By Harry Yost
November 6, 2006
If history is any guide, the state's intention with regard to the future of Maryland's four residential centers for people with mental retardation and developmental disabilities is crystal clear. Closed admissions, a steady stream of transfers, aging residents and understaffing have led to ever-decreasing populations at the residential centers. Even S. Anthony McCann, the secretary of the state's Department of Health and Mental Hygiene, said at a recent political forum that Maryland law and the Supreme Court's Olmstead decision require the closing of all such institutions.
On the legal side of this issue, however, families know better, and apparently so does Mr. McCann's boss. In September, Gov. Robert L. Ehrlich Jr. said that Olmstead "did not dictate the closing of institutions. ... For a relatively few, the institution may be the appropriate place and the least-restrictive setting."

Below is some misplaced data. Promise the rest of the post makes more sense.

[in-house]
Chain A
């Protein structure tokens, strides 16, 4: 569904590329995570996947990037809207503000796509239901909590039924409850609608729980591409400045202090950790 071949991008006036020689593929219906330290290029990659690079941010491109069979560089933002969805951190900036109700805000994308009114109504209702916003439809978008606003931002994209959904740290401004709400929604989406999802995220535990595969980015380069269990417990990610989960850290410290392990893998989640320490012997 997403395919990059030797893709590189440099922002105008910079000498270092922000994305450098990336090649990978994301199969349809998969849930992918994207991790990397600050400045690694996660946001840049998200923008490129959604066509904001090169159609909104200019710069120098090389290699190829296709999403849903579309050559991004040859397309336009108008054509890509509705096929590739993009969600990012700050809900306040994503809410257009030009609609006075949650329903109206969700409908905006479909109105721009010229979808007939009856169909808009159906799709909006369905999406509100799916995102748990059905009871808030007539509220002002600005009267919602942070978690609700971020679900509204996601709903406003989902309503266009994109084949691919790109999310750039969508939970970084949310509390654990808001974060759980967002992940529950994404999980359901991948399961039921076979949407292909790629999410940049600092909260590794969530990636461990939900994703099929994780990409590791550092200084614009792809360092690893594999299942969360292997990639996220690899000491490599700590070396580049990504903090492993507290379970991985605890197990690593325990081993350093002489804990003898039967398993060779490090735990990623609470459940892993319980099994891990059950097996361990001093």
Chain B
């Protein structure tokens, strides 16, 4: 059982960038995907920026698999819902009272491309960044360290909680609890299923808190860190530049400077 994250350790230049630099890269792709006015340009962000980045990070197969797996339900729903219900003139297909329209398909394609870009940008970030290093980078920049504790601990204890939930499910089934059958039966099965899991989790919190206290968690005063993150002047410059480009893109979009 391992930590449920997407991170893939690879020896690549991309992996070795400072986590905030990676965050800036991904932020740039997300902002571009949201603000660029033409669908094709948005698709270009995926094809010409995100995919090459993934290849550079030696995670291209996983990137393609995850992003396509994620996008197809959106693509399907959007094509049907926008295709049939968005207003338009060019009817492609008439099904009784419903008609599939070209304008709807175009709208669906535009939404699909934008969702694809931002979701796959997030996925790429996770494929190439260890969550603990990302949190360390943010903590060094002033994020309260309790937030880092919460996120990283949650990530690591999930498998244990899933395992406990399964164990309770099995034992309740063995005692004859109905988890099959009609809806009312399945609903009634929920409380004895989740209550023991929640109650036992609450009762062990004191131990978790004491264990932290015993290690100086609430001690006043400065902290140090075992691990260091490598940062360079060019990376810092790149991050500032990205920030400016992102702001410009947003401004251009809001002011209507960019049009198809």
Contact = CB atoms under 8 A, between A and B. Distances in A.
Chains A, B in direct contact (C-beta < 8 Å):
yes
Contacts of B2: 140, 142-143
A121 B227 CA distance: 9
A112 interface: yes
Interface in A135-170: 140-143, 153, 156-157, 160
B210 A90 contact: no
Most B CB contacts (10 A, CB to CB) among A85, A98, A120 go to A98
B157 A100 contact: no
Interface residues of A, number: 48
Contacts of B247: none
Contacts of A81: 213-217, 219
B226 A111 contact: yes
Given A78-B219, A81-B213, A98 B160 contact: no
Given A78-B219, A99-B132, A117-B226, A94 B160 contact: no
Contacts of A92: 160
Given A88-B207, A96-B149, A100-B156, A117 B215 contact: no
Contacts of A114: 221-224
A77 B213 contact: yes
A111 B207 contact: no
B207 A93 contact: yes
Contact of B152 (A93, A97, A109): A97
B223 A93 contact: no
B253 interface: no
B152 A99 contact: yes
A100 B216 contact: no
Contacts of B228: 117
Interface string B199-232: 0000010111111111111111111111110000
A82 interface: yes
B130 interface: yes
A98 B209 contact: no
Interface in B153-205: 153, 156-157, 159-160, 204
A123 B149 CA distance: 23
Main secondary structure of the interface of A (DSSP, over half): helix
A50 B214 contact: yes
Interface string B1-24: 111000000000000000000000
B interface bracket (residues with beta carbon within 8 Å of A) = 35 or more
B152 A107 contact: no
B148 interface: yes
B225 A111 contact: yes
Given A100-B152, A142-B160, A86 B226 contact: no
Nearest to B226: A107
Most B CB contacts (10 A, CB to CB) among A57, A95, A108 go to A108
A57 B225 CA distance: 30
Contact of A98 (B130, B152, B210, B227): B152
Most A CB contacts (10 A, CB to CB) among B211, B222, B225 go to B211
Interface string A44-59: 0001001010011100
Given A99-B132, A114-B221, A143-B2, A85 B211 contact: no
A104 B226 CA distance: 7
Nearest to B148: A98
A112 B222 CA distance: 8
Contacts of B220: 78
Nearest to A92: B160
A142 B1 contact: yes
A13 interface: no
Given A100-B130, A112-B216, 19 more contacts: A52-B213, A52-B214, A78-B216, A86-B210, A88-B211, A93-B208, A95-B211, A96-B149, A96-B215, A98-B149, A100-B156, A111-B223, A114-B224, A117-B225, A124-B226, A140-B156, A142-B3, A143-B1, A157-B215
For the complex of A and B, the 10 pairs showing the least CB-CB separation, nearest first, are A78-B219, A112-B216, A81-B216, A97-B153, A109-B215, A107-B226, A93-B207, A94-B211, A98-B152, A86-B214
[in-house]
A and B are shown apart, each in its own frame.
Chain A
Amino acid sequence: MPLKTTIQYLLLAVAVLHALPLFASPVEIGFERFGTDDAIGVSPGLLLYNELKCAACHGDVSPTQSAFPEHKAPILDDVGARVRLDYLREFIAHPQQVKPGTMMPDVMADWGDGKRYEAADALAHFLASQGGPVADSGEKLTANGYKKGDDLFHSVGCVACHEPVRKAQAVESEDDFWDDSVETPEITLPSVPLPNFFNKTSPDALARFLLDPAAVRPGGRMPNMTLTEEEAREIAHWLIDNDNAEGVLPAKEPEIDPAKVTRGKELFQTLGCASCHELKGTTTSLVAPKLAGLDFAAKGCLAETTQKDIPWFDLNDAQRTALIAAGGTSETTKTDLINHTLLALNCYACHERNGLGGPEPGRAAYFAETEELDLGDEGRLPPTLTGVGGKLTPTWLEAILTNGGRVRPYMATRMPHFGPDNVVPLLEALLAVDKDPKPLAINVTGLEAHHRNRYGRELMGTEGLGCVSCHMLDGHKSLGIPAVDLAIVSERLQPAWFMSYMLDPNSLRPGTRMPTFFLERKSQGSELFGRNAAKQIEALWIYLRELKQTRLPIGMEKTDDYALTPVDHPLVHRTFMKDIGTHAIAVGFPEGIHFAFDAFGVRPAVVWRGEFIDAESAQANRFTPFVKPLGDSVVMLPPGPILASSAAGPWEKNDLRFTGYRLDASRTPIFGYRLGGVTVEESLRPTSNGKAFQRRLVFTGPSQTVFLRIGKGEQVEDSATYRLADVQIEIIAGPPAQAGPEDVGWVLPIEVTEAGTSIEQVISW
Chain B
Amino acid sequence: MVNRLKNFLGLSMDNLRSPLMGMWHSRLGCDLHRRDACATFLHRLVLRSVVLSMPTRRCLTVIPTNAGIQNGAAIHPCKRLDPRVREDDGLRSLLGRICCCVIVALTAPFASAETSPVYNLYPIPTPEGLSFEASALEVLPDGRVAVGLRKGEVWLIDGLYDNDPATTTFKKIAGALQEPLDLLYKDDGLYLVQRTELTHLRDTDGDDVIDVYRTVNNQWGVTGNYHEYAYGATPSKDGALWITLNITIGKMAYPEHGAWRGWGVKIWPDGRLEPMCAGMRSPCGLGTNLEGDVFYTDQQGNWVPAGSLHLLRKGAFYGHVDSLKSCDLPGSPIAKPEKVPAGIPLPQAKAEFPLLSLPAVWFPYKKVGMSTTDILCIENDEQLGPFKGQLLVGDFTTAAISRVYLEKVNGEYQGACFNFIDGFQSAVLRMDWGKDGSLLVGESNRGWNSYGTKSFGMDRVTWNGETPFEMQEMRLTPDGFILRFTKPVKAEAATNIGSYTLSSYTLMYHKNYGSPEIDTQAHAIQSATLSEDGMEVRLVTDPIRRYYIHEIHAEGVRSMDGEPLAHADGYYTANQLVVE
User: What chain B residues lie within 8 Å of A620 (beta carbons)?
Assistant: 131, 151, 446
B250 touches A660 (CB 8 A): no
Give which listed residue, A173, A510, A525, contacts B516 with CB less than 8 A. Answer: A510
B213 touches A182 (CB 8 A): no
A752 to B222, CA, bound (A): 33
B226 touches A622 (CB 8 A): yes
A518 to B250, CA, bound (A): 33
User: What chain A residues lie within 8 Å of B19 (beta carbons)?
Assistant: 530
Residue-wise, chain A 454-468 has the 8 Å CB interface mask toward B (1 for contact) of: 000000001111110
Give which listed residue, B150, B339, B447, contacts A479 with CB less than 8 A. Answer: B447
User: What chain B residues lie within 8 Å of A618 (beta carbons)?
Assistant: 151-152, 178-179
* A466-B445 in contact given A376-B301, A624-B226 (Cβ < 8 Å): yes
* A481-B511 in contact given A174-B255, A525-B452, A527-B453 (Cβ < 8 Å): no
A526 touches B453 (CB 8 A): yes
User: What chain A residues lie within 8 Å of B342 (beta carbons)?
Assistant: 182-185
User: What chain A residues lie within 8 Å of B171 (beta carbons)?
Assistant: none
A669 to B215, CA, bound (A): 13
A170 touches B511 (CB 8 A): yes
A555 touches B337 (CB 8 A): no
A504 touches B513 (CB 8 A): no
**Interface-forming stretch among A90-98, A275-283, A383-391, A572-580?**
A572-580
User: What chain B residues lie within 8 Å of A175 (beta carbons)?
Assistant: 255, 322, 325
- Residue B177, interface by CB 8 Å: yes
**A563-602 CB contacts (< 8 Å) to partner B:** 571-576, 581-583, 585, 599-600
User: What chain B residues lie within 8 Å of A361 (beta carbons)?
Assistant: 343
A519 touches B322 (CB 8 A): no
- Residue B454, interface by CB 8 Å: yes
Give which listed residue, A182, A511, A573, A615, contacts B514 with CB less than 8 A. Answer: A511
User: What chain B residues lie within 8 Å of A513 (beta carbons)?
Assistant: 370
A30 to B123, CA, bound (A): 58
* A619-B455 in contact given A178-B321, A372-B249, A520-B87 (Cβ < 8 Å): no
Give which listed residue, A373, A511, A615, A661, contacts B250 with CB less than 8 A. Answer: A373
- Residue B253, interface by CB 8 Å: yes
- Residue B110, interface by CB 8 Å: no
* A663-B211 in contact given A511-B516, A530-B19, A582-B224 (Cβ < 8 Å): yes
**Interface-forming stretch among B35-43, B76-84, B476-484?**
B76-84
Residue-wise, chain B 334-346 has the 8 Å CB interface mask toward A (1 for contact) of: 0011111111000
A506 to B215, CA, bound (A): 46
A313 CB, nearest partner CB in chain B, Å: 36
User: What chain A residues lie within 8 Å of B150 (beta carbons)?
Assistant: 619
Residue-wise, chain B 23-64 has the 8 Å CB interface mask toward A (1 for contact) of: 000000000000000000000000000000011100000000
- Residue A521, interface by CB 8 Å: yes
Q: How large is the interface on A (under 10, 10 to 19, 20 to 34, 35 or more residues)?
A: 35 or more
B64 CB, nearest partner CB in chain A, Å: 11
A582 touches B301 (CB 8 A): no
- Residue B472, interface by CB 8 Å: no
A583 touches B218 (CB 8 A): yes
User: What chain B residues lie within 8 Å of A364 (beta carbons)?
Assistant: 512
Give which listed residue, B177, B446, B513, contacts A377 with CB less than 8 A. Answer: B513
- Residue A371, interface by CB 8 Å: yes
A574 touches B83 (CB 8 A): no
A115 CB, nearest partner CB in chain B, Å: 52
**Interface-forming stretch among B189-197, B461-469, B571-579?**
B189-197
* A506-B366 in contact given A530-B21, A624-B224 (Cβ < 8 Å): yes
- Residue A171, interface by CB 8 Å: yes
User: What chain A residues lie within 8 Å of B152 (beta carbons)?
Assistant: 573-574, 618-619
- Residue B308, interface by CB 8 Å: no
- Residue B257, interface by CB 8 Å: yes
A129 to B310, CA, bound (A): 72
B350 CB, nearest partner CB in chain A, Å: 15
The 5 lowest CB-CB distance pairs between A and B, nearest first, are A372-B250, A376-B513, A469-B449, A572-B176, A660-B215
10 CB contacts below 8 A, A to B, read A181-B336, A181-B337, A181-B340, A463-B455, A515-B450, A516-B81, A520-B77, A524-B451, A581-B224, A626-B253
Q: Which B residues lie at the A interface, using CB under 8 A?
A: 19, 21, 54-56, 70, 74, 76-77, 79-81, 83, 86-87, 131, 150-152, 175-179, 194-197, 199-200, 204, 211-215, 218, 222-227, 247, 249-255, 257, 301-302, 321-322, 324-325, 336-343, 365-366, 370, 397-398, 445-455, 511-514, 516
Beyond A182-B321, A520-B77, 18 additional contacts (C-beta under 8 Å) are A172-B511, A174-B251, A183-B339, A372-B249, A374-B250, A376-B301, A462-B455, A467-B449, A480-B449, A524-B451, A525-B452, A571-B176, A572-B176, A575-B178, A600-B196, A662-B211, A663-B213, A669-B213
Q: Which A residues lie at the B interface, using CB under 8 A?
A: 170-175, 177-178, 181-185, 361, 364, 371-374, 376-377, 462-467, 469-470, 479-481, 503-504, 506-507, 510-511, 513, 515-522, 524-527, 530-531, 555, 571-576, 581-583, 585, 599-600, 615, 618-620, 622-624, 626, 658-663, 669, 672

by Sybil Finken, VOR First Vice President
August 2, 2008
Des Moines Register
I am the mother of four children.
Son Zach lives near Chicago where he is the Executive News Editor of the Chicago Sun Times. Son Luke lives in Colorado where, following in his parents' footsteps, he is an educator.
My youngest, Carmen, will be a junior in high school this fall. She is an honor student, involved in many school and community activities. Carmen is well poised for a very bright future.
Son Seth’s achievements are also remarkable. We’ve nurtured Seth and continue to provide all we can to ensure his continued happiness. Seth is severely disabled. He suffered meningitis when he was 7 months old. Seth is deaf, blind, has profound mental retardation, is wheelchair bound, and has a seizure disorder. His home is Glenwood Resource Center (GRC.)
No one ever questions our decisions on behalf of Zach, Luke and Carmen. My husband Russ and I are not shy about taking some credit for the amazing people they have become. Yet, we are increasingly challenged about our care choices for Seth, especially in light of recent news stories about care at Glenwood.
As part of the new Obama Administration's transition efforts, in January 2009, VOR submitted its Policy Recommendations in support of a full array of residential and support options for people with intellectual disabilities (formerly "mental retardation") and developmental disabilities.